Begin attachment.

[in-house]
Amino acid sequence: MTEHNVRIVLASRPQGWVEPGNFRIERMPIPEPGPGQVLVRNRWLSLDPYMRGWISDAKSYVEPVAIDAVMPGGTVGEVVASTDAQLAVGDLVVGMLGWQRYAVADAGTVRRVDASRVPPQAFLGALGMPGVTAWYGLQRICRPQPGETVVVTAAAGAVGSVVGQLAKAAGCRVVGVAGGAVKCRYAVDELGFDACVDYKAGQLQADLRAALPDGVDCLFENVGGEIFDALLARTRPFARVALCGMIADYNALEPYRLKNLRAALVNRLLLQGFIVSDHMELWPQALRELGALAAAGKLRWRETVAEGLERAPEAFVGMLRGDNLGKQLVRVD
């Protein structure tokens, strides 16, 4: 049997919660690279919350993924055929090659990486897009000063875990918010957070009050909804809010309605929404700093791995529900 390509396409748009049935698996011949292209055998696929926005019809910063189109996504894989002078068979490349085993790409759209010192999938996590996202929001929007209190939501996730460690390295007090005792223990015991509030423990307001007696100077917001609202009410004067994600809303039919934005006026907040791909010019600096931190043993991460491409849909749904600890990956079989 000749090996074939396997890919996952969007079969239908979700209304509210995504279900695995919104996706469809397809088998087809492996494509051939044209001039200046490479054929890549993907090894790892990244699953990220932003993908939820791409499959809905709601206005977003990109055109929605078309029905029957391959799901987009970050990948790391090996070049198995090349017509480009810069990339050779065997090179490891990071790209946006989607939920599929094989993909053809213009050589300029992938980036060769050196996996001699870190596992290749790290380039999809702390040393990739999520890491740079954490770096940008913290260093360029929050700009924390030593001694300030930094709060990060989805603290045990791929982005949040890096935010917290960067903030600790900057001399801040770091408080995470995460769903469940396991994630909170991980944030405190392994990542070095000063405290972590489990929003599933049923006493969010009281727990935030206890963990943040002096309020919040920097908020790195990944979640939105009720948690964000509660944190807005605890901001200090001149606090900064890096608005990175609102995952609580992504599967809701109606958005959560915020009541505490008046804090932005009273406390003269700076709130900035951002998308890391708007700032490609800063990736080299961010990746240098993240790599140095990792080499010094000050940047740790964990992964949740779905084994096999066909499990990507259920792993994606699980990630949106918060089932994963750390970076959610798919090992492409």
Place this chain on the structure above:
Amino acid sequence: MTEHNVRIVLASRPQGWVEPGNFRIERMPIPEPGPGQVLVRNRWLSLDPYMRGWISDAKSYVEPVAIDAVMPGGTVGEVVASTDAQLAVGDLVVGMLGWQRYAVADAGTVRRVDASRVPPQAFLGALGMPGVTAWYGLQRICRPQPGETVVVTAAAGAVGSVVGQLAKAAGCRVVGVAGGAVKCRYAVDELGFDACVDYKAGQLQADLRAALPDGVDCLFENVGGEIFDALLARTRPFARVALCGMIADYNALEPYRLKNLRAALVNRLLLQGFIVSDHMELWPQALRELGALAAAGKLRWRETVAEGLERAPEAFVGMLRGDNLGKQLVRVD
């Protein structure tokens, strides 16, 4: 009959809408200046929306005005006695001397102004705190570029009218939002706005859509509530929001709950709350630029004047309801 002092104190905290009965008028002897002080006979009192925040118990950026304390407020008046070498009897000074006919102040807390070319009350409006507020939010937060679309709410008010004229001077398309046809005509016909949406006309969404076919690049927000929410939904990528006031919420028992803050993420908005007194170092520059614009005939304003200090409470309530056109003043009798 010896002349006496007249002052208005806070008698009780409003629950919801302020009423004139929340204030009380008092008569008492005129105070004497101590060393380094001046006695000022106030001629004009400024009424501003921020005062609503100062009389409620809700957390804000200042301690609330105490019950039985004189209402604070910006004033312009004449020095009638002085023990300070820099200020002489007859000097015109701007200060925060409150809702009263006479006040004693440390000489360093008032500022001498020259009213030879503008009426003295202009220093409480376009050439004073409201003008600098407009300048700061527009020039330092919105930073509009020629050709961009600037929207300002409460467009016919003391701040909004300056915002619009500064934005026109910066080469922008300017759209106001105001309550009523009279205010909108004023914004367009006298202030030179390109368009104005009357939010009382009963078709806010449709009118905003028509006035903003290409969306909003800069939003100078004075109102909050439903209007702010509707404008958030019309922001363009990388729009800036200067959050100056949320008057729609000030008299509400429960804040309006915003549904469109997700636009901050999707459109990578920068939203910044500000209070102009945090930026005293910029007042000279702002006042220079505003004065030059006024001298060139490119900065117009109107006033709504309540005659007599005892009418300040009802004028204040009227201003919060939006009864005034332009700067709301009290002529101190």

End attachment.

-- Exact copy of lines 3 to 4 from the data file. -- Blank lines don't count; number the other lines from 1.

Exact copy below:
């Protein structure tokens, strides 16, 4: 049997919660690279919350993924055929090659990486897009000063875990918010957070009050909804809010309605929404700093791995529900 390509396409748009049935698996011949292209055998696929926005019809910063189109996504894989002078068979490349085993790409759209010192999938996590996202929001929007209190939501996730460690390295007090005792223990015991509030423990307001007696100077917001609202009410004067994600809303039919934005006026907040791909010019600096931190043993991460491409849909749904600890990956079989 000749090996074939396997890919996952969007079969239908979700209304509210995504279900695995919104996706469809397809088998087809492996494509051939044209001039200046490479054929890549993907090894790892990244699953990220932003993908939820791409499959809905709601206005977003990109055109929605078309029905029957391959799901987009970050990948790391090996070049198995090349017509480009810069990339050779065997090179490891990071790209946006989607939920599929094989993909053809213009050589300029992938980036060769050196996996001699870190596992290749790290380039999809702390040393990739999520890491740079954490770096940008913290260093360029929050700009924390030593001694300030930094709060990060989805603290045990791929982005949040890096935010917290960067903030600790900057001399801040770091408080995470995460769903469940396991994630909170991980944030405190392994990542070095000063405290972590489990929003599933049923006493969010009281727990935030206890963990943040002096309020919040920097908020790195990944979640939105009720948690964000509660944190807005605890901001200090001149606090900064890096608005990175609102995952609580992504599967809701109606958005959560915020009541505490008046804090932005009273406390003269700076709130900035951002998308890391708007700032490609800063990736080299961010990746240098993240790599140095990792080499010094000050940047740790964990992964949740779905084994096999066909499990990507259920792993994606699980990630949106918060089932994963750390970076959610798919090992492409």
Place this chain on the structure above: